No Return to the Old Self: Rehab as a Life-Changing Experience

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Blog » Addiction Recovery » No Return to the Old Self: Rehab as a Life-Changing Experience

April 21, 2017

Addiction is difficult to treat. One of the goals of a drug and alcohol rehab is achieving a cessation of substance abuse, of course. But sobriety is all too often fleeting if the deeper causes of the addiction are not uncovered and addressed.

Addiction expert Stephanie Covington believes that addiction can be understood as a disorder of the self. Often, she writes, there is a conflict between the “outer self,” the role an individual plays in society, and the “inner self,” the feelings, thoughts, and attitudes of a person.

If self-esteem is low, the self will depend too much on the approval of others—and on substance use. “For most of my years as a addict, I was obsessed with receiving approval and validation from outside sources,” addiction specialist Erica Spiegelman remembers in Rewired.

“I looked to other people, to products and procedures, and (of course) to alcohol to make me feel good about myself.” – Erica Spiegelman

Recovery from addiction must be more than simply giving up substance use. Treatment must also attempt to recover the authentic self of the addicted person.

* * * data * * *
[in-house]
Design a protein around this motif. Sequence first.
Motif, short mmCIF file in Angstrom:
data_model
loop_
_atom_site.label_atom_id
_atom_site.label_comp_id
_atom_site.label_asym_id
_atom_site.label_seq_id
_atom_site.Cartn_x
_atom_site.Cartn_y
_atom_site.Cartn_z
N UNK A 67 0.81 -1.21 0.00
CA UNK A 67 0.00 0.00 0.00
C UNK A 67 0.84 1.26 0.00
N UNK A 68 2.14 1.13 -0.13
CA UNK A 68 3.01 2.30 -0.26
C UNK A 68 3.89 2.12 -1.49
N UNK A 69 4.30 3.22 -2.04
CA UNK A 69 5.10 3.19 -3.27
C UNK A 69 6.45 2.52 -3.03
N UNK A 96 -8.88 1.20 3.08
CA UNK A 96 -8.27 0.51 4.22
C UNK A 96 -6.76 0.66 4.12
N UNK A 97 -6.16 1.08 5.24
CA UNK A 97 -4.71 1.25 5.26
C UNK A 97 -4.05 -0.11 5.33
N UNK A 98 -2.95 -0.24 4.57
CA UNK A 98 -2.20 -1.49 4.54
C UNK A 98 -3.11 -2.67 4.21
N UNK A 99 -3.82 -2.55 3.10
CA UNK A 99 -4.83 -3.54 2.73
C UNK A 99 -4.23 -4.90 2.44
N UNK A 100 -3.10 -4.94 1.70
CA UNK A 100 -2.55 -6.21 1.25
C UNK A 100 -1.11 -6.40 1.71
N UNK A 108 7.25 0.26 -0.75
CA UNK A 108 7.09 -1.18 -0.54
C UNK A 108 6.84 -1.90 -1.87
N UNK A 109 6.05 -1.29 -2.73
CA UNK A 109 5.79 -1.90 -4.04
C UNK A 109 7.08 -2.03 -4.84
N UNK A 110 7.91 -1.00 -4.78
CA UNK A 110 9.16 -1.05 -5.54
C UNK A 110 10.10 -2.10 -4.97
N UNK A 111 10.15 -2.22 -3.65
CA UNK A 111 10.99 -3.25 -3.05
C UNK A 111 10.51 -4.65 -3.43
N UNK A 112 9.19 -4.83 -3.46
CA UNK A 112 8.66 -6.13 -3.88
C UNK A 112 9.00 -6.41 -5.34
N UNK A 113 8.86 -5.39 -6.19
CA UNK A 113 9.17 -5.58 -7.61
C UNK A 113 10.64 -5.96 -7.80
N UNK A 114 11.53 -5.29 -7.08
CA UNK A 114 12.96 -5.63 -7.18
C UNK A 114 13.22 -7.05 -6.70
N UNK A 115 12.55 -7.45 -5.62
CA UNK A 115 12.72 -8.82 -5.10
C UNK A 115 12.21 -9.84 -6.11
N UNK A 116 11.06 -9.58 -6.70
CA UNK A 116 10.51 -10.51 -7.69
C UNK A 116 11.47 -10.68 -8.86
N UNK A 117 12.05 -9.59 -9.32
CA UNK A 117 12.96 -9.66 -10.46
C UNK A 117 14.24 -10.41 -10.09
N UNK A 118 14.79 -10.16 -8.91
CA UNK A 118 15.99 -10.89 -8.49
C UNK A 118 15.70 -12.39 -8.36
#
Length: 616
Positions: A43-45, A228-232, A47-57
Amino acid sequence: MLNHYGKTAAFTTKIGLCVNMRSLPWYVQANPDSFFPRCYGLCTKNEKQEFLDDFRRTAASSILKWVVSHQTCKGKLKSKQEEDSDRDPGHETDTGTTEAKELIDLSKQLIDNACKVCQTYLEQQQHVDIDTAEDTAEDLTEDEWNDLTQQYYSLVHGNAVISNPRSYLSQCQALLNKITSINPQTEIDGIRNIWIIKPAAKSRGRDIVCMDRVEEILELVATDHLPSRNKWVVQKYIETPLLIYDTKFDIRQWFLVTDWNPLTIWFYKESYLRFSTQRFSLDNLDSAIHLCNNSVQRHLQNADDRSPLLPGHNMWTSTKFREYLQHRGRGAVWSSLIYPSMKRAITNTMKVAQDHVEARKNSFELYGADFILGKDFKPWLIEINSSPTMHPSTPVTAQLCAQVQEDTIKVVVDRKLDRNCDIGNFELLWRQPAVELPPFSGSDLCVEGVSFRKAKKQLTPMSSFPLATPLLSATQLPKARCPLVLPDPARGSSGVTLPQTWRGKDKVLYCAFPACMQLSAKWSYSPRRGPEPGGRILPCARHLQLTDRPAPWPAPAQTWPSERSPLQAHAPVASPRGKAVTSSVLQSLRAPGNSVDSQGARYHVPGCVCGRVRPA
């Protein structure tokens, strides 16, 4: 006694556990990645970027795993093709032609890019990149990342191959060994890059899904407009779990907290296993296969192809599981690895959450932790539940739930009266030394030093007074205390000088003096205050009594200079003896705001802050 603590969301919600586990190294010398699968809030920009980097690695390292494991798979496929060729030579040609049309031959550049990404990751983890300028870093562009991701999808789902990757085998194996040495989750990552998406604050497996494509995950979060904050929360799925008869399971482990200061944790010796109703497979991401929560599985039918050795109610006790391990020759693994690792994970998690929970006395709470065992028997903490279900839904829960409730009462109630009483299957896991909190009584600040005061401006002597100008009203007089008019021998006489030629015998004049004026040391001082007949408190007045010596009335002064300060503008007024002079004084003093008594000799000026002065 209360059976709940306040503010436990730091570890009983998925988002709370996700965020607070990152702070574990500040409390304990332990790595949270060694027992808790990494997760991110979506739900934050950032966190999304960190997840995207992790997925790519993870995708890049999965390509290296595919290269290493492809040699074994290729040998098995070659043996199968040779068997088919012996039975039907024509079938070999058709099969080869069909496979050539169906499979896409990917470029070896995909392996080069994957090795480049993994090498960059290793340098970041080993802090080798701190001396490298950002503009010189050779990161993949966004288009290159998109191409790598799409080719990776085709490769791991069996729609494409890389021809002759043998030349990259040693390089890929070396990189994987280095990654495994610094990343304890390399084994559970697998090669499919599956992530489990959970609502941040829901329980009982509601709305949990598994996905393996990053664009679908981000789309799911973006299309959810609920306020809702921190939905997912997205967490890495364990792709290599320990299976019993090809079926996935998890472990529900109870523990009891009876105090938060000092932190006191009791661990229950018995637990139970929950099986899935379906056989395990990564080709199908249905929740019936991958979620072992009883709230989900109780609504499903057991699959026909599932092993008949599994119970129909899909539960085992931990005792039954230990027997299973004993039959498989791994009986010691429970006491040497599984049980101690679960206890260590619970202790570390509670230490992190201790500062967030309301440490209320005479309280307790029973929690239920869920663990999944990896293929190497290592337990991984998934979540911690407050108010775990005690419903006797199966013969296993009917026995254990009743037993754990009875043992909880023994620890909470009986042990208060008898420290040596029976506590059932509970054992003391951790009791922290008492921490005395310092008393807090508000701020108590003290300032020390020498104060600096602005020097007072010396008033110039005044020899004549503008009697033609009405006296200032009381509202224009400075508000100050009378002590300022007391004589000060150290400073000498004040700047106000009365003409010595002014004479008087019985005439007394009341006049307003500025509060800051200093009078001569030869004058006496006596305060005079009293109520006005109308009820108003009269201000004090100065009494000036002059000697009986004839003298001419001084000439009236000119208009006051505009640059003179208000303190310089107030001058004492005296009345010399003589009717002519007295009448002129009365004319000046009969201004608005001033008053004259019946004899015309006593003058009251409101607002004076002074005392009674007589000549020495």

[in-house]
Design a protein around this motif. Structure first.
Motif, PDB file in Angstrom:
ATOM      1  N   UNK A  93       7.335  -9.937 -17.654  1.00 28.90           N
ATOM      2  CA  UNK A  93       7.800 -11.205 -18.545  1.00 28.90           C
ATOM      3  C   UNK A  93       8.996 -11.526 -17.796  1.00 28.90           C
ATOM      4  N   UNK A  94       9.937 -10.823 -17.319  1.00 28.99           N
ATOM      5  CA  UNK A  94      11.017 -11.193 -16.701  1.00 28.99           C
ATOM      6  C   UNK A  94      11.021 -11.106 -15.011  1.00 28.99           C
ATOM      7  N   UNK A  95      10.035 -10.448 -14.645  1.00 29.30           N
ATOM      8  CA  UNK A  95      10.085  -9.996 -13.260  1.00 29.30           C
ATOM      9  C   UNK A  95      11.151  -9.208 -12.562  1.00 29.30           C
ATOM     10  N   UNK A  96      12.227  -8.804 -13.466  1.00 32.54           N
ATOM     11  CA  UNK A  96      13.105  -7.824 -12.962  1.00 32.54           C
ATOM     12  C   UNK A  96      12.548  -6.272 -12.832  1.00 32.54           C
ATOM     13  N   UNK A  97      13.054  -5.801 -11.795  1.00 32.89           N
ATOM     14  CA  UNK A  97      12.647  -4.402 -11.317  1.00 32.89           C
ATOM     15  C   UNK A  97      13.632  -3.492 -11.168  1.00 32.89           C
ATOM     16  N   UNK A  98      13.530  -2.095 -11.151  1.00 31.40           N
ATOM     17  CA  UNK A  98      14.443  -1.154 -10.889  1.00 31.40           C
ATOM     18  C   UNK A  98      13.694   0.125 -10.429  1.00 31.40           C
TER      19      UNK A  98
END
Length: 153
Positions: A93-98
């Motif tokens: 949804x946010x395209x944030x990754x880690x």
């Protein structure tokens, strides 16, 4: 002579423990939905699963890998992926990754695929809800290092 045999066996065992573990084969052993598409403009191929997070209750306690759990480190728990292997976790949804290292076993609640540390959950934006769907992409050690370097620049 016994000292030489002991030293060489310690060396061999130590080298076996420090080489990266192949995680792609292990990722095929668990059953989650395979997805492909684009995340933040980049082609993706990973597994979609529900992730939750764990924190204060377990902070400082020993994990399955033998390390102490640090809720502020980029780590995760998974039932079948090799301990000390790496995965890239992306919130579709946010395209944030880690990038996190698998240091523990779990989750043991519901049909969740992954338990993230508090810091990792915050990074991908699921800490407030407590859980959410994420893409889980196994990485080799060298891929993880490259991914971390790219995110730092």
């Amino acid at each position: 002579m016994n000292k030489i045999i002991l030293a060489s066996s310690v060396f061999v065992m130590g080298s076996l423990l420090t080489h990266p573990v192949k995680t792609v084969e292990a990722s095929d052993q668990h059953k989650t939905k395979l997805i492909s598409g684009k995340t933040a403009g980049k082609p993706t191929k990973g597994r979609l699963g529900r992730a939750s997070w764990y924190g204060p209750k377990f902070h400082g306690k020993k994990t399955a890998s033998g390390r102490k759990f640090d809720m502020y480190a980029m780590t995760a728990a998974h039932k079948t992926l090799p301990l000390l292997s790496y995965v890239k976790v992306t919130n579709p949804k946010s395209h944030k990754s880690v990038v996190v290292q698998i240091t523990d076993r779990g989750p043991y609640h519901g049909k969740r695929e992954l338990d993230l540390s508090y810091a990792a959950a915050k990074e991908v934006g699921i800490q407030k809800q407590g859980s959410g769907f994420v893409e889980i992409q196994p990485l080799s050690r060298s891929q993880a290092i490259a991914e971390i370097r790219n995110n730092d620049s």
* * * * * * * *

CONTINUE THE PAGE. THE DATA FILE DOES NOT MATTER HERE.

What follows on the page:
Dr. Philip Hemphill is the Chief Clinical Officer of Lakeview Health. “In residential treatment, we want to give patients a full body–mind–spirit experience,” he says. It is a comprehensive re-calibration. “The whole sense of self, the way they define themselves and function in society is reset.”

It means disengaging from the inauthentic self and reconnecting with the true self that was present before the substance abuse and any trauma that might have caused it. If trauma or chronic pain are major factors in substance use disorders, they need to be addressed in therapy. Otherwise, the distorted sense of self persists and a relapse into active addiction is likely.

If the negative feelings and attitudes of the addicted self are not overcome and replaced with a positive outlook on life, recovery from addiction will become an extremely difficult uphill struggle. “At Lakeview, we address all aspects of a patient’s life, not just the addiction,” says Hemphill.

“People need to fashion a better identity for themselves; they need to change how they live their lives and who they believe they are.” – Dr. Philip Hemphill

The holistic treatment at Lakeview Health addresses body, mind, and spirit. The health and fitness program focuses on the needs of the body. Psychotherapy helps heal the mind while the inclusion of spirituality and mindfulness allows patients to develop a new sense of purpose and to connect with a more positive sense of self.

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